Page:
Winter Wreath 6

Ah, decisions, decisions!  What to enter and what not.  Being a constantly moving creator of all kinds of crafts, this decision is difficult.  But, when the Fair is underway, I’ll bring that to you.  I hope there will be a ribbon in my future!

Do you go to your state fair?  Have you ever entered any contests?

 

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A Trip In The Mountain Countryside

Since DH sold his little British car, we haven’t had much of an opportunity to go with the group.  The car shows don’t want a modern car unless it is a Maserati or something equally expensive and rare.  Last month, we hosted an Australian Pursuit rally at a local park.  It was fun and I did get some pictures of the cars and us which you can see HERE if you like.  Members were given an easy route to follow for about a 35-40 minute drive and sent out at one minute intervals.  The finish line was hidden.  They then regrouped back at the park, and were sent out again in the reverse order of time finishing to run the same route in exactly the same time.  Finishing the second time faster than the first meant disqualification, and slower had points taken off.  Since no one knew their exact time, or where the timing ended, concentration on consistent speeds at the posted speed limits were crucial.  Everyone seemed to have a fun time on the drive, and afterwards we enjoyed a picnic lunch together.

Rally1

We did go to the Heart of Brevard show over 4th of July weekend, but didn’t stay long and I didn’t get any pictures.  It has just been too frazzling hot to go hiking this year, and I really want to do that again soon.  Yesterday the club had a drive planned, and I didn’t want to miss this outing, a nice drive in the lush green hills near Black Mountain ending at an Amish store in Fairview.   DH couldn’t go this day because of work, so I was accompanied by my friend Bonnie who really needed to get her vintage Mustang out for a drive. Here it is next to Mitch’s gorgeous MGA.

Drive To Troyer's Amish Farm on From My Carolina Home

We met up as usual at a parking lot.

Drive To Troyer's Amish Farm on From My Carolina Home

Troyer’s is a popular drive destination, so lots of members showed up for this drive. The weather was a bit warm, but tolerable.

Drive To Troyer's Amish Farm on From My Carolina Home

This time I took my good camera to get some nice shots of the scenery as we drove. Summer in the mountains means lush green everywhere.

Drive To Troyer's Amish Farm on From My Carolina Home

Every corner turned shows more green. Did you know that looking at the color green will lower blood pressure?

Drive To Troyer's Amish Farm on From My Carolina Home

No wonder that I find these drives to be so relaxing, and mind clearing. I desperately needed that after this past week at work.

Drive To Troyer's Amish Farm on From My Carolina Home

Our destination was Troyer’s Amish Store.  We parked in the back and enjoyed the gardens first.

Drive To Troyer's Amish Farm on From My Carolina Home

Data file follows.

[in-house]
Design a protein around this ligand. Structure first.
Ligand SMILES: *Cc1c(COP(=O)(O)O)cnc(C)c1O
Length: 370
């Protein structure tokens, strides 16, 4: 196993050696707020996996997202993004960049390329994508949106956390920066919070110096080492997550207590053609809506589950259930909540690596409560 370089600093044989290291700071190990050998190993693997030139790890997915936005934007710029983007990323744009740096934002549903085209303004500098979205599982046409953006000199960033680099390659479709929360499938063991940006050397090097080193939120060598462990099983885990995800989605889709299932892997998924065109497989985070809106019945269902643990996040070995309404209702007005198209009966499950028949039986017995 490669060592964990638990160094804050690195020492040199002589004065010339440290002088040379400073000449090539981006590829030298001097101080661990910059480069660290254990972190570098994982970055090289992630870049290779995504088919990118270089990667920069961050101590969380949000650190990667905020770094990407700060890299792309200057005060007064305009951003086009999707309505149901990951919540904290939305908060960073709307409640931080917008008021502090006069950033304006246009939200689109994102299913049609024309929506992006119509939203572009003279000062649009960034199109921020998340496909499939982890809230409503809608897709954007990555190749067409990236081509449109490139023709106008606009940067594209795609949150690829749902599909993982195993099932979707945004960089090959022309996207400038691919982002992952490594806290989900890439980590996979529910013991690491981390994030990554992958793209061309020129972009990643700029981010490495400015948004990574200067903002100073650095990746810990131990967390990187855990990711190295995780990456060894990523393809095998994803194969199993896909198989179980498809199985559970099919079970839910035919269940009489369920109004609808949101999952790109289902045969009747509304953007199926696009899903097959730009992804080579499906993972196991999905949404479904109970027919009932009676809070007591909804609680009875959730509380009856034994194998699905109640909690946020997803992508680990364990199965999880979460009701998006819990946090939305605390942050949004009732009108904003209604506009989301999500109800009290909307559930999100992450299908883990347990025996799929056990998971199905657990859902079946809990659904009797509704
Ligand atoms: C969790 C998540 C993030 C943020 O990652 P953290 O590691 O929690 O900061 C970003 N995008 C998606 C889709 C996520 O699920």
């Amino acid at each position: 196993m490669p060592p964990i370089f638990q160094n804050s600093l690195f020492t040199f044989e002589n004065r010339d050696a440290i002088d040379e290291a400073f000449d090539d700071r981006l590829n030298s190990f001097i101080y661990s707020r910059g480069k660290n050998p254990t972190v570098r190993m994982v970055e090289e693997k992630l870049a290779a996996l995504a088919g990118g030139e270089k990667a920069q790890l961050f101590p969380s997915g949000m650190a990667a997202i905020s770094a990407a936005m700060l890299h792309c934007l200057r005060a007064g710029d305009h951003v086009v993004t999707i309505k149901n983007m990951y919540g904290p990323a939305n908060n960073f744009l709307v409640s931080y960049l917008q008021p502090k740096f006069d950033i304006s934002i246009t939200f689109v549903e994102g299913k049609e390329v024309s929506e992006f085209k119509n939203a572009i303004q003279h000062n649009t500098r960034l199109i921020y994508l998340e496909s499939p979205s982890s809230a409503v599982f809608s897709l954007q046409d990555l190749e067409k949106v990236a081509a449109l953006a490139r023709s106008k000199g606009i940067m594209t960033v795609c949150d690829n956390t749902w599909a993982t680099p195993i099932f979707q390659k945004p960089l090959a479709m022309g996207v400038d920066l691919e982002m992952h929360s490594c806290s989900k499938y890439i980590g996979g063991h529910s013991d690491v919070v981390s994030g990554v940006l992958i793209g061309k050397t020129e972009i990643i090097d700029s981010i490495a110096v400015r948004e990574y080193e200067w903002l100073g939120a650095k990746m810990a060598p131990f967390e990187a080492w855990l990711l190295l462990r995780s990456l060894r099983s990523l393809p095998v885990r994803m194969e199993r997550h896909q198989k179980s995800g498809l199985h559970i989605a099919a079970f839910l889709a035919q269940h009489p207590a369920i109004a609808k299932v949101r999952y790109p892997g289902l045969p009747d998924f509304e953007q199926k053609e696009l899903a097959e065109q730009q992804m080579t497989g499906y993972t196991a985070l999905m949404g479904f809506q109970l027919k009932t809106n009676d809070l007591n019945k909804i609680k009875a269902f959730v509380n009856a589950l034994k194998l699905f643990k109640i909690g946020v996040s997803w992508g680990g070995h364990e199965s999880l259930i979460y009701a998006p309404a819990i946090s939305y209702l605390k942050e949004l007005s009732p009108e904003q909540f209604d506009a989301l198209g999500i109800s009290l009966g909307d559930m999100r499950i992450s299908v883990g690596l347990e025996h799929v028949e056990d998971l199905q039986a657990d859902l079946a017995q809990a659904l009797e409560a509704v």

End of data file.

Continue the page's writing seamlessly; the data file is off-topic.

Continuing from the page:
We really enjoyed the live music with a bluegrass flavor. I should have asked their names but I got distracted by the huge sandwich I was served.

Drive To Troyer's Amish Farm on From My Carolina Home

“Come sit for a spell and relax” the swinging bench beckoned to me.  I had to walk past lovely wooden quilt racks for sale, along with other wood items.  One of these days I am going to bring one home with me, I think I can fill one with quilts easily by now!

Drive To Troyer's Amish Farm on From My Carolina Home

Now, which jam to get, blackberry or blueberry, or maybe plum, or apple or peach?  Those are pickles and chutneys on the left.

Drive To Troyer's Amish Farm on From My Carolina Home

Turn the corner and there is rice and pastas, just waiting to be dinner.  There are shelves and shelves of locally made spice blends and other foods, along with soaps and hand creams.

Drive To Troyer's Amish Farm on From My Carolina Home

Homemade bread is sold here too, the little round loaf on the right came home with me. The nice lady waiting on me offered to slice it, but I think it will be best in big hunks with sweet unsalted butter.

Drive To Troyer's Amish Farm on From My Carolina Home

From the Amish made cheeses, I selected my favorite – Amish Butter Cheese – and got several slices for that sourdough bread. I should have bought a couple of pounds of it, it is that good. Alas, I’ll just have to go back again for more, along with more of the wonderful turkey and roast beef, and more of their horseradish sauce.  They also have fresh milk and buttermilk from Happy Cow Creamery.

Drive To Troyer's Amish Farm on From My Carolina Home

Back outside to the gardens, lovely aren’t they?

Drive To Troyer's Amish Farm on From My Carolina Home

This little outbuilding has quilt designs on the side.

Drive To Troyer's Amish Farm on From My Carolina Home

This little storage barn has a wonderful mophead hydrangea growing beside it. The flowers are still green, and I’d love to know if they will turn pink or blue.

Drive To Troyer's Amish Farm on From My Carolina Home

You have to visit the girls too.

Drive To Troyer's Amish Farm on From My Carolina Home

Really fresh eggs anyone?

Drive To Troyer's Amish Farm on From My Carolina Home